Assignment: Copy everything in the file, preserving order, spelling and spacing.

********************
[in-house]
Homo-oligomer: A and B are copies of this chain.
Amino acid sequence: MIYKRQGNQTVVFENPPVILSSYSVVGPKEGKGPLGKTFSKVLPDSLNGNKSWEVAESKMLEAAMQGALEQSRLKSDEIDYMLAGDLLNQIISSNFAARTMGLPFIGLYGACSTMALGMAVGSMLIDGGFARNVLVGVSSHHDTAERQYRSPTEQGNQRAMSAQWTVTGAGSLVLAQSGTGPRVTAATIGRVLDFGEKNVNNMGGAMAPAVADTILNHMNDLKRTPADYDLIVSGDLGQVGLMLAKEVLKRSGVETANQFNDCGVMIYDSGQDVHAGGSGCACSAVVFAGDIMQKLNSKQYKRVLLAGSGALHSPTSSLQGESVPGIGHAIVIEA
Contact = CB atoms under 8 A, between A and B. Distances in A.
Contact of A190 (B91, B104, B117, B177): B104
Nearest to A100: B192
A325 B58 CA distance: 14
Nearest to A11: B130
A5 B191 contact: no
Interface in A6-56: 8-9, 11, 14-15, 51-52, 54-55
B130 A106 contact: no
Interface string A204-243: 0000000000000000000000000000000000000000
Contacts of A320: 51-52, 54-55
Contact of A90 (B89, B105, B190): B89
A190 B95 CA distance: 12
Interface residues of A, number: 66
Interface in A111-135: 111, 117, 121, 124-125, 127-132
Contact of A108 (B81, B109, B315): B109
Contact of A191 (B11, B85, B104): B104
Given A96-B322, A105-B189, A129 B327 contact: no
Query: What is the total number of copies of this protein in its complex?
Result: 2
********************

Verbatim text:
[in-house]
Homo-oligomer: A and B are copies of this chain.
Amino acid sequence: MIYKRQGNQTVVFENPPVILSSYSVVGPKEGKGPLGKTFSKVLPDSLNGNKSWEVAESKMLEAAMQGALEQSRLKSDEIDYMLAGDLLNQIISSNFAARTMGLPFIGLYGACSTMALGMAVGSMLIDGGFARNVLVGVSSHHDTAERQYRSPTEQGNQRAMSAQWTVTGAGSLVLAQSGTGPRVTAATIGRVLDFGEKNVNNMGGAMAPAVADTILNHMNDLKRTPADYDLIVSGDLGQVGLMLAKEVLKRSGVETANQFNDCGVMIYDSGQDVHAGGSGCACSAVVFAGDIMQKLNSKQYKRVLLAGSGALHSPTSSLQGESVPGIGHAIVIEA
Contact = CB atoms under 8 A, between A and B. Distances in A.
Contact of A190 (B91, B104, B117, B177): B104
Nearest to A100: B192
A325 B58 CA distance: 14
Nearest to A11: B130
A5 B191 contact: no
Interface in A6-56: 8-9, 11, 14-15, 51-52, 54-55
B130 A106 contact: no
Interface string A204-243: 0000000000000000000000000000000000000000
Contacts of A320: 51-52, 54-55
Contact of A90 (B89, B105, B190): B89
A190 B95 CA distance: 12
Interface residues of A, number: 66
Interface in A111-135: 111, 117, 121, 124-125, 127-132
Contact of A108 (B81, B109, B315): B109
Contact of A191 (B11, B85, B104): B104
Given A96-B322, A105-B189, A129 B327 contact: no
Query: What is the total number of copies of this protein in its complex?
Result: 2